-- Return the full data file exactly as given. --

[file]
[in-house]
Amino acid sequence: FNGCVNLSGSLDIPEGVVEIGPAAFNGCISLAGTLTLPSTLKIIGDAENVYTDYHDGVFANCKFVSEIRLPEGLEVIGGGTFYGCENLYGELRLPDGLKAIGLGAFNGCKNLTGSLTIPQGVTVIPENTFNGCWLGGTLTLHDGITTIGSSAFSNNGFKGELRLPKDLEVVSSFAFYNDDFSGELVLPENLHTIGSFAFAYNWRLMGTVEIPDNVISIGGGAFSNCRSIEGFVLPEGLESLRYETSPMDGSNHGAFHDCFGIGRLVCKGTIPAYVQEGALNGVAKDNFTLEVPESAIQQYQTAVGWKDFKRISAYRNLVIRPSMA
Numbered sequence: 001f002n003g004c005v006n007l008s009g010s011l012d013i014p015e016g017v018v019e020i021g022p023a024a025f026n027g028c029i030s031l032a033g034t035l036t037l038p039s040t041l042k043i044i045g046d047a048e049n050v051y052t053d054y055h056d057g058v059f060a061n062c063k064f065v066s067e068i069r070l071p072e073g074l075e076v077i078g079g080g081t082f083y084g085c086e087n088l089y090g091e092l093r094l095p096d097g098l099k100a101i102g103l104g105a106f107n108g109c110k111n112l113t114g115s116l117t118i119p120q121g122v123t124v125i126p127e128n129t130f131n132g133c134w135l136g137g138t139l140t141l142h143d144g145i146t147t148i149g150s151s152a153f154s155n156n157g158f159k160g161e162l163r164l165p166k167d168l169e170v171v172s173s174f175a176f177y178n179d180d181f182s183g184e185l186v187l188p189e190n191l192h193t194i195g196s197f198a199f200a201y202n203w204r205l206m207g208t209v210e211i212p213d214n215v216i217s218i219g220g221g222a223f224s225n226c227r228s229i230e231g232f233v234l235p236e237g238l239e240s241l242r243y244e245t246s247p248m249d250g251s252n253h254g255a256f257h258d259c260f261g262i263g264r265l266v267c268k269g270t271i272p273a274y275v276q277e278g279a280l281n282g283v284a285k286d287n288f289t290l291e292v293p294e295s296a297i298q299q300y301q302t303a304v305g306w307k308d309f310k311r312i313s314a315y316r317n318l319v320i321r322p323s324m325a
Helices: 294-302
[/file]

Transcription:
[in-house]
Amino acid sequence: FNGCVNLSGSLDIPEGVVEIGPAAFNGCISLAGTLTLPSTLKIIGDAENVYTDYHDGVFANCKFVSEIRLPEGLEVIGGGTFYGCENLYGELRLPDGLKAIGLGAFNGCKNLTGSLTIPQGVTVIPENTFNGCWLGGTLTLHDGITTIGSSAFSNNGFKGELRLPKDLEVVSSFAFYNDDFSGELVLPENLHTIGSFAFAYNWRLMGTVEIPDNVISIGGGAFSNCRSIEGFVLPEGLESLRYETSPMDGSNHGAFHDCFGIGRLVCKGTIPAYVQEGALNGVAKDNFTLEVPESAIQQYQTAVGWKDFKRISAYRNLVIRPSMA
Numbered sequence: 001f002n003g004c005v006n007l008s009g010s011l012d013i014p015e016g017v018v019e020i021g022p023a024a025f026n027g028c029i030s031l032a033g034t035l036t037l038p039s040t041l042k043i044i045g046d047a048e049n050v051y052t053d054y055h056d057g058v059f060a061n062c063k064f065v066s067e068i069r070l071p072e073g074l075e076v077i078g079g080g081t082f083y084g085c086e087n088l089y090g091e092l093r094l095p096d097g098l099k100a101i102g103l104g105a106f107n108g109c110k111n112l113t114g115s116l117t118i119p120q121g122v123t124v125i126p127e128n129t130f131n132g133c134w135l136g137g138t139l140t141l142h143d144g145i146t147t148i149g150s151s152a153f154s155n156n157g158f159k160g161e162l163r164l165p166k167d168l169e170v171v172s173s174f175a176f177y178n179d180d181f182s183g184e185l186v187l188p189e190n191l192h193t194i195g196s197f198a199f200a201y202n203w204r205l206m207g208t209v210e211i212p213d214n215v216i217s218i219g220g221g222a223f224s225n226c227r228s229i230e231g232f233v234l235p236e237g238l239e240s241l242r243y244e245t246s247p248m249d250g251s252n253h254g255a256f257h258d259c260f261g262i263g264r265l266v267c268k269g270t271i272p273a274y275v276q277e278g279a280l281n282g283v284a285k286d287n288f289t290l291e292v293p294e295s296a297i298q299q300y301q302t303a304v305g306w307k308d309f310k311r312i313s314a315y316r317n318l319v320i321r322p323s324m325a
Helices: 294-302